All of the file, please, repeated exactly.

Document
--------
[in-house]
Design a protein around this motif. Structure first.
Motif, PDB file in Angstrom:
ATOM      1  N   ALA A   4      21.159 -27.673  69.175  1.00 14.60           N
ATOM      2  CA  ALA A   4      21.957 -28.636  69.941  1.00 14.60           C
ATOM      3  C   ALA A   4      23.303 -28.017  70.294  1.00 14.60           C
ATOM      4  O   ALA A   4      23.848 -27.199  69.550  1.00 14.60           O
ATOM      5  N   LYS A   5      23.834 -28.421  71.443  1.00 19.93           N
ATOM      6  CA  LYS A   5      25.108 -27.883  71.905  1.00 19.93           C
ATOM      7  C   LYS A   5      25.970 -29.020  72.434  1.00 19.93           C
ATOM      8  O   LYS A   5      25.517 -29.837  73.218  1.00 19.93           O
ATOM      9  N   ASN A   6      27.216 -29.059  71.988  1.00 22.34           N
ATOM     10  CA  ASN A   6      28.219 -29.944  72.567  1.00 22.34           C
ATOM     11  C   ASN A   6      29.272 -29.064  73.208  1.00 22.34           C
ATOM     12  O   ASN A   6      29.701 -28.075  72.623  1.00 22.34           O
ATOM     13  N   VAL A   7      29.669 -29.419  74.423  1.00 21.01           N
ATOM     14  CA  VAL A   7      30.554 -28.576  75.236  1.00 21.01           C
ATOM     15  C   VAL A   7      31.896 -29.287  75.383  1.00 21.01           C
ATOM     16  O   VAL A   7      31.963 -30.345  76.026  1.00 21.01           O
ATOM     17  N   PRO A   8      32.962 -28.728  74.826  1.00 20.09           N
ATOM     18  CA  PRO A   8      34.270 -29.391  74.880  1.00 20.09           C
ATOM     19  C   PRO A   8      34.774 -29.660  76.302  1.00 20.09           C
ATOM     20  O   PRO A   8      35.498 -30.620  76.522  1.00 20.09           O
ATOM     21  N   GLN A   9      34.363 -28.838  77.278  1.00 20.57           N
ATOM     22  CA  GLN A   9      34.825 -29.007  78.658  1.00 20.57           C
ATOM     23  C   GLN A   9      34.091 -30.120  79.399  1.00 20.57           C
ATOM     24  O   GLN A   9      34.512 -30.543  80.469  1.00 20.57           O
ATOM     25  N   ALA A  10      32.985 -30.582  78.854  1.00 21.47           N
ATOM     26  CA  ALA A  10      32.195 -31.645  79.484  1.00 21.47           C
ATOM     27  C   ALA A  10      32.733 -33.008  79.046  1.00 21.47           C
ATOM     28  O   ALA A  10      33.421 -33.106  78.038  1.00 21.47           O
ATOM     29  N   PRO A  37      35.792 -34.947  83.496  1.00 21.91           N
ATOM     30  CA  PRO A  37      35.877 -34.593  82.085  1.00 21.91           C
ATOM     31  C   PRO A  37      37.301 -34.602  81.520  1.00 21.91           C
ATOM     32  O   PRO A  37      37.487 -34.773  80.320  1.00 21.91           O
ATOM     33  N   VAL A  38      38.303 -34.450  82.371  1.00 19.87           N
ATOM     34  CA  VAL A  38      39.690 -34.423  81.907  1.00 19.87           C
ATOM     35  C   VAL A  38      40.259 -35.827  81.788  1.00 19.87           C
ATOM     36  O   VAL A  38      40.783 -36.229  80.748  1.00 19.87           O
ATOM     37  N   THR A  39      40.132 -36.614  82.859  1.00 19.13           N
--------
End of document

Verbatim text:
[in-house]
Design a protein around this motif. Structure first.
Motif, PDB file in Angstrom:
ATOM      1  N   ALA A   4      21.159 -27.673  69.175  1.00 14.60           N
ATOM      2  CA  ALA A   4      21.957 -28.636  69.941  1.00 14.60           C
ATOM      3  C   ALA A   4      23.303 -28.017  70.294  1.00 14.60           C
ATOM      4  O   ALA A   4      23.848 -27.199  69.550  1.00 14.60           O
ATOM      5  N   LYS A   5      23.834 -28.421  71.443  1.00 19.93           N
ATOM      6  CA  LYS A   5      25.108 -27.883  71.905  1.00 19.93           C
ATOM      7  C   LYS A   5      25.970 -29.020  72.434  1.00 19.93           C
ATOM      8  O   LYS A   5      25.517 -29.837  73.218  1.00 19.93           O
ATOM      9  N   ASN A   6      27.216 -29.059  71.988  1.00 22.34           N
ATOM     10  CA  ASN A   6      28.219 -29.944  72.567  1.00 22.34           C
ATOM     11  C   ASN A   6      29.272 -29.064  73.208  1.00 22.34           C
ATOM     12  O   ASN A   6      29.701 -28.075  72.623  1.00 22.34           O
ATOM     13  N   VAL A   7      29.669 -29.419  74.423  1.00 21.01           N
ATOM     14  CA  VAL A   7      30.554 -28.576  75.236  1.00 21.01           C
ATOM     15  C   VAL A   7      31.896 -29.287  75.383  1.00 21.01           C
ATOM     16  O   VAL A   7      31.963 -30.345  76.026  1.00 21.01           O
ATOM     17  N   PRO A   8      32.962 -28.728  74.826  1.00 20.09           N
ATOM     18  CA  PRO A   8      34.270 -29.391  74.880  1.00 20.09           C
ATOM     19  C   PRO A   8      34.774 -29.660  76.302  1.00 20.09           C
ATOM     20  O   PRO A   8      35.498 -30.620  76.522  1.00 20.09           O
ATOM     21  N   GLN A   9      34.363 -28.838  77.278  1.00 20.57           N
ATOM     22  CA  GLN A   9      34.825 -29.007  78.658  1.00 20.57           C
ATOM     23  C   GLN A   9      34.091 -30.120  79.399  1.00 20.57           C
ATOM     24  O   GLN A   9      34.512 -30.543  80.469  1.00 20.57           O
ATOM     25  N   ALA A  10      32.985 -30.582  78.854  1.00 21.47           N
ATOM     26  CA  ALA A  10      32.195 -31.645  79.484  1.00 21.47           C
ATOM     27  C   ALA A  10      32.733 -33.008  79.046  1.00 21.47           C
ATOM     28  O   ALA A  10      33.421 -33.106  78.038  1.00 21.47           O
ATOM     29  N   PRO A  37      35.792 -34.947  83.496  1.00 21.91           N
ATOM     30  CA  PRO A  37      35.877 -34.593  82.085  1.00 21.91           C
ATOM     31  C   PRO A  37      37.301 -34.602  81.520  1.00 21.91           C
ATOM     32  O   PRO A  37      37.487 -34.773  80.320  1.00 21.91           O
ATOM     33  N   VAL A  38      38.303 -34.450  82.371  1.00 19.87           N
ATOM     34  CA  VAL A  38      39.690 -34.423  81.907  1.00 19.87           C
ATOM     35  C   VAL A  38      40.259 -35.827  81.788  1.00 19.87           C
ATOM     36  O   VAL A  38      40.783 -36.229  80.748  1.00 19.87           O
ATOM     37  N   THR A  39      40.132 -36.614  82.859  1.00 19.13           N